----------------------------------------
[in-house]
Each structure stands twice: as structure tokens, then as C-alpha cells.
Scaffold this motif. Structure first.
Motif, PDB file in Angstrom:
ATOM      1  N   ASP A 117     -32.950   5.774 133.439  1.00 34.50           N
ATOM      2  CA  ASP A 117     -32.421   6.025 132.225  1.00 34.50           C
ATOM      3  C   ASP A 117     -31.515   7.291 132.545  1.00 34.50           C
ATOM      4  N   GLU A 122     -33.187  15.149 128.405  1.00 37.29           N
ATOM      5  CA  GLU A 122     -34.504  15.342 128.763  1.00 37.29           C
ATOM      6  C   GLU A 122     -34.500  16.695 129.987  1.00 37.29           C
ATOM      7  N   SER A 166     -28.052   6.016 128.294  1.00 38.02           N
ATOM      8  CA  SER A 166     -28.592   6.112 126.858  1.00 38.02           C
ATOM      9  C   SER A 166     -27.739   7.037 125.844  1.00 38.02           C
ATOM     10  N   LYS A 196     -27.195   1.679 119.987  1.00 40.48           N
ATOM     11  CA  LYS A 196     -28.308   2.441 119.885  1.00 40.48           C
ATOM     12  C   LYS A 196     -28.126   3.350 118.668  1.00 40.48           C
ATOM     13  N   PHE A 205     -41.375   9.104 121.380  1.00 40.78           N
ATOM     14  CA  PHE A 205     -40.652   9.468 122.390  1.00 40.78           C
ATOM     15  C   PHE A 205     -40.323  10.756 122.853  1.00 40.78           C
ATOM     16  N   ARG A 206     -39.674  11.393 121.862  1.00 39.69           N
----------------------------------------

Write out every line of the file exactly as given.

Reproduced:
[in-house]
Each structure stands twice: as structure tokens, then as C-alpha cells.
Scaffold this motif. Structure first.
Motif, PDB file in Angstrom:
ATOM      1  N   ASP A 117     -32.950   5.774 133.439  1.00 34.50           N
ATOM      2  CA  ASP A 117     -32.421   6.025 132.225  1.00 34.50           C
ATOM      3  C   ASP A 117     -31.515   7.291 132.545  1.00 34.50           C
ATOM      4  N   GLU A 122     -33.187  15.149 128.405  1.00 37.29           N
ATOM      5  CA  GLU A 122     -34.504  15.342 128.763  1.00 37.29           C
ATOM      6  C   GLU A 122     -34.500  16.695 129.987  1.00 37.29           C
ATOM      7  N   SER A 166     -28.052   6.016 128.294  1.00 38.02           N
ATOM      8  CA  SER A 166     -28.592   6.112 126.858  1.00 38.02           C
ATOM      9  C   SER A 166     -27.739   7.037 125.844  1.00 38.02           C
ATOM     10  N   LYS A 196     -27.195   1.679 119.987  1.00 40.48           N
ATOM     11  CA  LYS A 196     -28.308   2.441 119.885  1.00 40.48           C
ATOM     12  C   LYS A 196     -28.126   3.350 118.668  1.00 40.48           C
ATOM     13  N   PHE A 205     -41.375   9.104 121.380  1.00 40.78           N
ATOM     14  CA  PHE A 205     -40.652   9.468 122.390  1.00 40.78           C
ATOM     15  C   PHE A 205     -40.323  10.756 122.853  1.00 40.78           C
ATOM     16  N   ARG A 206     -39.674  11.393 121.862  1.00 39.69           N